Farmers weigh in on Nitrogen management in a changing climate

Climate and weather greatly impact a farmer’s day-to-day operations as well as their livelihood.  To gain perspective on farmers’ production practices and how they are changing, Michigan State University Extension educators and specialist invited farmers from across Michigan to participate in one of three discussions on sustainable corn production held at locations in the north central, central and south central part of the state during mid-March.  Climate and nitrogen were two of the topics discussed.

Concerns over heavy spring rains prompts Michigan corn growers to split N-applications throughout growing season.

Concerns over heavy spring rains prompts Michigan corn growers to split N-applications throughout growing season.

We found that producers have already decreased the amount of nitrogen applied per bushel of yield.  Cost of nitrogen, concern of environmental impacts, improved technology and better information were all given as reasons for the change.   The source of nitrogen used is also changing.  Most producers indicated that they will or have already moved away from using anhydrous mostly due to availability. Continue reading

Tips for Fall Nutrient and Lime Applications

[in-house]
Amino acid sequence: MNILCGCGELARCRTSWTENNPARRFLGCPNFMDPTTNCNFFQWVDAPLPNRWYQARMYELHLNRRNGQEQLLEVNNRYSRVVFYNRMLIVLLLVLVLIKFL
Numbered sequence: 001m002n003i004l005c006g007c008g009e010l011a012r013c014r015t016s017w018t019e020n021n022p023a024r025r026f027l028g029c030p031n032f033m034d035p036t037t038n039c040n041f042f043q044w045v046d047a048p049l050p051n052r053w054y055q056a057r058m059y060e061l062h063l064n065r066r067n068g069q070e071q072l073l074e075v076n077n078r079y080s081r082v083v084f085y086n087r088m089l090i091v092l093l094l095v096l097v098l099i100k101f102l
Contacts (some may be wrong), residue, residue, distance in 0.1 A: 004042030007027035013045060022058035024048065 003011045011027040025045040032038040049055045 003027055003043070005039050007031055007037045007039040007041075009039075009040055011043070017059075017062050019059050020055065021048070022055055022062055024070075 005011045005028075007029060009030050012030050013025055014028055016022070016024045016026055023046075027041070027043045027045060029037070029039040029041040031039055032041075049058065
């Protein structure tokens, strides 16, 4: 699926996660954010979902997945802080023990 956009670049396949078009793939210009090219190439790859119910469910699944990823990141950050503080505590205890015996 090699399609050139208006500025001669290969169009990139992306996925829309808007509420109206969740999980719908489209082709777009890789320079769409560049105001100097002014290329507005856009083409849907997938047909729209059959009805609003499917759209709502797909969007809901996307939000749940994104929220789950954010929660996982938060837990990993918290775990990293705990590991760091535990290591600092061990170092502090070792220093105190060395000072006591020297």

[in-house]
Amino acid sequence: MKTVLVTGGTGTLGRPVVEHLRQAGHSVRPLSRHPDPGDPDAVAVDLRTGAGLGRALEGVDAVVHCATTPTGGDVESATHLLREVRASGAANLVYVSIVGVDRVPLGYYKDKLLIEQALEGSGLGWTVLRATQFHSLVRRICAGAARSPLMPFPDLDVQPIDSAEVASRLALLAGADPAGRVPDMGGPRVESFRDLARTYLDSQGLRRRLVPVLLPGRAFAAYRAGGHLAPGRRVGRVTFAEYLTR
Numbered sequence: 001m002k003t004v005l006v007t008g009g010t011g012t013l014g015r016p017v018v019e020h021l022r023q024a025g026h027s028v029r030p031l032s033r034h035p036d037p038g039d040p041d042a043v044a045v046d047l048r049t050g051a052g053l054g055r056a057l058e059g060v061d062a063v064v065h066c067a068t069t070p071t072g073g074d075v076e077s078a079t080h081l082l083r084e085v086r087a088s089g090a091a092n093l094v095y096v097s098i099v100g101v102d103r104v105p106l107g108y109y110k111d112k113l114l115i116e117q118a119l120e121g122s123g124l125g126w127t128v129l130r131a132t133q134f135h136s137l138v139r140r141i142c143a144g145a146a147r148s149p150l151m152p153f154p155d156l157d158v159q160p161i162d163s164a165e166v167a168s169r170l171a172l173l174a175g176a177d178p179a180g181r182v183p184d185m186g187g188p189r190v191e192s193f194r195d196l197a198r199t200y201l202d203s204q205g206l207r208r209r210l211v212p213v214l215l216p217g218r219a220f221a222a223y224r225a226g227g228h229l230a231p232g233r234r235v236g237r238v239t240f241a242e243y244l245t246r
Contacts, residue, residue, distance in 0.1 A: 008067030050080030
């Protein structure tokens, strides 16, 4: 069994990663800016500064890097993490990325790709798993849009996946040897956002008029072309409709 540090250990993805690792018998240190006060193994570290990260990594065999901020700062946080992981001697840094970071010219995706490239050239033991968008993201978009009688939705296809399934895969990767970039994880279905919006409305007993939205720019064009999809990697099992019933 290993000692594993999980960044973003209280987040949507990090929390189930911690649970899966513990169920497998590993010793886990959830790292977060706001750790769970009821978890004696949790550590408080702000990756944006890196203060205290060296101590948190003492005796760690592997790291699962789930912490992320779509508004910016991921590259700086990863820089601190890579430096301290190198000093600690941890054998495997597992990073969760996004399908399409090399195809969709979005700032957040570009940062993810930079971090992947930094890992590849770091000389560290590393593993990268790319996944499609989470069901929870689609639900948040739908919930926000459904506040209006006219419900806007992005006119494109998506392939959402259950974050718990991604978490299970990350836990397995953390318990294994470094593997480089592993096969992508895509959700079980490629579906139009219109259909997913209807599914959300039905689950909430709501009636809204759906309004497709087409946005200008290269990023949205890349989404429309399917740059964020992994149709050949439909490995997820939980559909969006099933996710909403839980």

The fall season is a common time for application of fertilizer and manure. Here are a few tips to consider as you plan those applications.

  • Use current soil sample test results to guide need for phosphorus and potassium applications.
  • Monitor soil pH and consider lime applications in the fall to give time for soil pH correction before next years’ crop.
  • Avoid surface phosphorus applications immediately before heavy rainfall events.
  • Incorporate phosphorus fertilizer and manure to lessen surface runoff. However, avoid tillage if erosion is a concern, especially in low residue situations. Or, subsurface band fertilizers if using tillage systems such as strip till.
  • Inject manure to avoid nitrogen volatilization losses, reduce odors, and place phosphorus away from the soil surface.
  • Wait until soil temperatures are below 50F and trending colder before making fall anhydrous ammonia applications.
  • If possible, wait for cold soil temperatures (see above) before applying manure that has high ammonium-N content, like liquid swine manure.
  • While fall is a nice time to make fertilizer applications, spring or sidedress is preferable for applying nitrogen.